Death in a small town
Before Hillary Swank received a Golden Globe for her portrayal of Brandon Teena in the recently released documentary "Boys Don't Cry," the real Brandon Teena was faced with transgendered issues including homophobia, violence and hatred.
In "The Brandon Teena Story," which debuted last month, filmmakers Susan Muska and Greta Olafsdottir interviewed people who knew Brandon before his death on Dec. 30, 1993.
"We spent four years doing this," said Olafsdottir. "We got to know the community really well. We didn't just go there, we lived there."
Muska said because of the nature of the crimes, their investigation was a delicate matter.
"We treated people as we expected to be treated, not constantly pumping them for information. We tried to learn a lot," she said.
Born and raised as Teena Brandon in Lincoln, Neb., Brandon's looks became increasingly androgynous. Although biologically a woman, Brandon wanted to be referred to as a man.
In time, he started to dress and act like a man and began dating women. Few people in town knew that Brandon Teena was really Teena Brandon.
He could not, however, get a job legally and resorted to stealing checks in order to survive.
But the filmmakers chose not to dwell on this, focusing more on the positive aspects of his life.
"We are very fond of Brandon," said Muska. "In regards to the forgery charges, we tried to look at the whole picture. His whole way of trying to live would have been destroyed if he tried to hold a regular job."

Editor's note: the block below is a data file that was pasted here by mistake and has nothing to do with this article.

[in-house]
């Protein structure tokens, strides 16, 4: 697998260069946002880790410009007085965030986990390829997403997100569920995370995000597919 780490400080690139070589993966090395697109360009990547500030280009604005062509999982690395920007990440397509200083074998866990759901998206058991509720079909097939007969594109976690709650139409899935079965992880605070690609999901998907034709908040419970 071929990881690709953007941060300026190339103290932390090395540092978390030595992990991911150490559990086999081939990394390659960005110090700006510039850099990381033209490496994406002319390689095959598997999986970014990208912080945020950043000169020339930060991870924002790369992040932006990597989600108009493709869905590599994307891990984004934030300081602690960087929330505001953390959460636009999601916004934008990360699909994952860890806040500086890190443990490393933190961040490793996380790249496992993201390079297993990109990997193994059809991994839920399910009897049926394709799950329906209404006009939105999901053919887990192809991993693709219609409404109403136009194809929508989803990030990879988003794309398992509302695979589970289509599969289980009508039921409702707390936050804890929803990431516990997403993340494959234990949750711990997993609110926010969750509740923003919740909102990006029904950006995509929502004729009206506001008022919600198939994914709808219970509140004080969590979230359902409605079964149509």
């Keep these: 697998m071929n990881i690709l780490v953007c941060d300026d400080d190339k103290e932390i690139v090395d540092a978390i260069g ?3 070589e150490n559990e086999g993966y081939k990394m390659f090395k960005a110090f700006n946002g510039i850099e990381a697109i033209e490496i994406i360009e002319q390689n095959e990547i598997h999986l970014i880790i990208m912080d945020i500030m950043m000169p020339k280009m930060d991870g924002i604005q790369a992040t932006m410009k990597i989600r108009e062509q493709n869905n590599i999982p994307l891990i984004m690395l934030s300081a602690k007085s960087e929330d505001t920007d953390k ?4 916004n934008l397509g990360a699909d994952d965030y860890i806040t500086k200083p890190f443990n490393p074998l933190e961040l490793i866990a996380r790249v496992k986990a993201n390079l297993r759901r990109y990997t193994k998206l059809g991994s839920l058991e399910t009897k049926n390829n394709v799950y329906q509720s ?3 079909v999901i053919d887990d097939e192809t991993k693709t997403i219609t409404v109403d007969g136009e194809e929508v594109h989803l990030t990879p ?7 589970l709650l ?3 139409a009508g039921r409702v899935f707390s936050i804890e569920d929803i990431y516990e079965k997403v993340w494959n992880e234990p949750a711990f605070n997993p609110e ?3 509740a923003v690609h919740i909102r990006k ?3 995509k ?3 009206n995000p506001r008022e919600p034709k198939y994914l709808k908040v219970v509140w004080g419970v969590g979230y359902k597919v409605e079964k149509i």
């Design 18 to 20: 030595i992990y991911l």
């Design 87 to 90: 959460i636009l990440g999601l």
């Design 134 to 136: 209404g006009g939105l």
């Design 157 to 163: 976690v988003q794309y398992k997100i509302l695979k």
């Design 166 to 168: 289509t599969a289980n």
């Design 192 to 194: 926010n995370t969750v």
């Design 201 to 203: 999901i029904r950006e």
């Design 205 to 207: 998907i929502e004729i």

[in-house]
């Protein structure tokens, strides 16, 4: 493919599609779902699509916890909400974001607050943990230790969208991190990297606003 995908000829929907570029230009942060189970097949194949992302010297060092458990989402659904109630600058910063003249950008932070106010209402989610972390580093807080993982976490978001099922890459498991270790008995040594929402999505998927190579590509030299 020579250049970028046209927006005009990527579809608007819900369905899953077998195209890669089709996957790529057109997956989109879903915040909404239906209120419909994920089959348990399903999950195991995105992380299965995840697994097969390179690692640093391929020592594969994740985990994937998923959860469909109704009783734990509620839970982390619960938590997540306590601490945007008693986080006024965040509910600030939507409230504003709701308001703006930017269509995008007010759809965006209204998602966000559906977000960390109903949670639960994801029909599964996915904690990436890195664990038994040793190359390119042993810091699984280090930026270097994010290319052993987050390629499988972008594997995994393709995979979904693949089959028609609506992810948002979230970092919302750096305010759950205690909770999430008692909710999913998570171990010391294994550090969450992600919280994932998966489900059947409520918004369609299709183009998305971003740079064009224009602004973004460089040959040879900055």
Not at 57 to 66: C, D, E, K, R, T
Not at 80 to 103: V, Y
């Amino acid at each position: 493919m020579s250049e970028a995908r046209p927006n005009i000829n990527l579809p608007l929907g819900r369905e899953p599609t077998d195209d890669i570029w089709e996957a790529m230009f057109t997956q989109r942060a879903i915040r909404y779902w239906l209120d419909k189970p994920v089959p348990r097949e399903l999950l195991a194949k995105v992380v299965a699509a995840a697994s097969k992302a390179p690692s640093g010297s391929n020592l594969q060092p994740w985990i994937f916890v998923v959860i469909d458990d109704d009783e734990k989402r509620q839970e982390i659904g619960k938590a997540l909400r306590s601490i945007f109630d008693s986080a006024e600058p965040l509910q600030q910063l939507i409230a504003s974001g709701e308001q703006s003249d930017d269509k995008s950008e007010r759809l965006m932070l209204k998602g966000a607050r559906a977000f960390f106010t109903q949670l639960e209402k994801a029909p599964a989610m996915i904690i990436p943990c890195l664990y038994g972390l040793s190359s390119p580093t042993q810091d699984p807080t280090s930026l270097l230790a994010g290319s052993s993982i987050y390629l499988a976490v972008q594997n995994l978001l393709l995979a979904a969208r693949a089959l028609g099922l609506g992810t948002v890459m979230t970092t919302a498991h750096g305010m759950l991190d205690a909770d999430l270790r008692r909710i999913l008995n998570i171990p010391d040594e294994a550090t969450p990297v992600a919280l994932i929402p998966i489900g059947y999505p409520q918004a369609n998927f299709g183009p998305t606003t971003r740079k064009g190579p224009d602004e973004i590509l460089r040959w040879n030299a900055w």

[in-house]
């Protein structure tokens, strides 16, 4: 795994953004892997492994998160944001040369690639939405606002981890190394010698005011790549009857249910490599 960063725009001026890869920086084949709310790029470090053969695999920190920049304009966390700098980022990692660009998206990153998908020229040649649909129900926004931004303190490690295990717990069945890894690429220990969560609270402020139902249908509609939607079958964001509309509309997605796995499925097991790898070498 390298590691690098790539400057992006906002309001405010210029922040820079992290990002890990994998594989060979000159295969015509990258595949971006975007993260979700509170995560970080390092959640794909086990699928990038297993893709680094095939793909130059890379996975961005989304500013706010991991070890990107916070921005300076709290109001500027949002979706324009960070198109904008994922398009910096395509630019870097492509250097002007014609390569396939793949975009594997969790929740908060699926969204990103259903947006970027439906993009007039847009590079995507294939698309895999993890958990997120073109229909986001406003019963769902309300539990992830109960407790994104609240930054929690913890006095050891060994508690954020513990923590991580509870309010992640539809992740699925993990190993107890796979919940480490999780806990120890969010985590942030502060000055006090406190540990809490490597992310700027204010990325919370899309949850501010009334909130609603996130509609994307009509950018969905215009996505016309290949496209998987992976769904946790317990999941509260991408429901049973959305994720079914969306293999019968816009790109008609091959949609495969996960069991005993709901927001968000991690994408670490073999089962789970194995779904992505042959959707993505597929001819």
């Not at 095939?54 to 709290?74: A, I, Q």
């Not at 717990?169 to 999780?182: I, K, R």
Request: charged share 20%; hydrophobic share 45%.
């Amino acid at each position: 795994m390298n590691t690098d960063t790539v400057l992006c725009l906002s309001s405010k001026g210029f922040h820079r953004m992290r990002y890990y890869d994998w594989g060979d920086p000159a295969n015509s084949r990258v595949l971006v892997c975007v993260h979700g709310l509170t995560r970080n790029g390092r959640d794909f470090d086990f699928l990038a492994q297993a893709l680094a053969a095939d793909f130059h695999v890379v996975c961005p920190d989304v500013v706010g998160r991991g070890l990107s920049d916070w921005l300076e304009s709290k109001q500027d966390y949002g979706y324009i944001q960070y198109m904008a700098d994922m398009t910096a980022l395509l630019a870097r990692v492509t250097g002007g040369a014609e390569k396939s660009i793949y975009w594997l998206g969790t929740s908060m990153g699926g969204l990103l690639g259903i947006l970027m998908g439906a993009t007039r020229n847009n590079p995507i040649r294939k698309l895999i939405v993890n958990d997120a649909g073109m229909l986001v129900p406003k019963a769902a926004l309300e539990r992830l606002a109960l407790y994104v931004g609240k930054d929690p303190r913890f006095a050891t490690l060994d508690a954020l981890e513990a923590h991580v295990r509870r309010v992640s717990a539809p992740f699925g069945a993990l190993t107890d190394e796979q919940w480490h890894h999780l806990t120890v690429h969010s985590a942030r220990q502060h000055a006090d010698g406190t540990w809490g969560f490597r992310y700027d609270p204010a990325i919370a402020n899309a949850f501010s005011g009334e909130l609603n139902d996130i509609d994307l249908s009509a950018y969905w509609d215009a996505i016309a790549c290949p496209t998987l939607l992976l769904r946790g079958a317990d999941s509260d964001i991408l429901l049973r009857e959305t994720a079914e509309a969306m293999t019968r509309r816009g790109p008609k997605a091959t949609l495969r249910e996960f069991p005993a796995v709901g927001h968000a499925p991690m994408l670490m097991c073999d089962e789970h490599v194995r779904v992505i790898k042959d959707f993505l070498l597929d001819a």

Since people in Lincoln had learned about Brandon's lifestyle, he moved to Falls City, Neb., a small town where unemployment, prejudice and domestic abuse were common.
Muska admitted to the homophobic attitudes present in Falls City, but said she and Olafsdottir experienced few problems.
"We were accepted for who we were, and people treated us well," she said. "That came from spending so much time there."
Also in Falls City, Brandon met John Lotter and Tom Nissen, the men who would eventually be arrested for his rape and convicted in his murder.
On Christmas Eve, 1993, Brandon attended a party, and later that night, Lotter and Nissen drove Brandon to an empty field.
Nissen raped and beat Brandon - Lotter was unsuccessful in his rape attempt.
Six days later, while staying at a farmhouse in Humboldt, Neb., Lotter shot and killed Brandon, Lisa Lambert and Philip Devine at close range.
Nissen also stabbed Brandon to "make sure she was dead."
Though talking with the two killers was hard for the filmmakers, Muska and Olafsdottir included their side of the story in the film.
"The interviews with Nissen were the most difficult," said Muska. "He was evasive and squirreled out of the questions."
Overall, the filmmakers said the experience was arduous but fulfilling.
"Once we got involved, it was never a question," said Olafsdottir. "The interviews were moving and intriguing."
In addition to talking to Lotter and Nissen, the filmmakers also spoke to his mother and sister, as well as townspeople who knew Brandon closely.
"All the people reacted differently," said Muska. "The Humboldt people put it behind them; Falls City has its own share of different kinds of problems and Lincoln is no stranger to violent rape and murder."
The documentary has won awards at film festivals in Berlin, New York and Toronto, and was released on DVD and VHS on Jan. 25.
"Our first screening in Falls City last November was emotional, but the most rewarding of all," said Olafsdottir.
Though the documentary has not received the same attention as the movie of the same name, Muska tried to look at the important issue.
"It's good that the public is aware about what really happened," she said.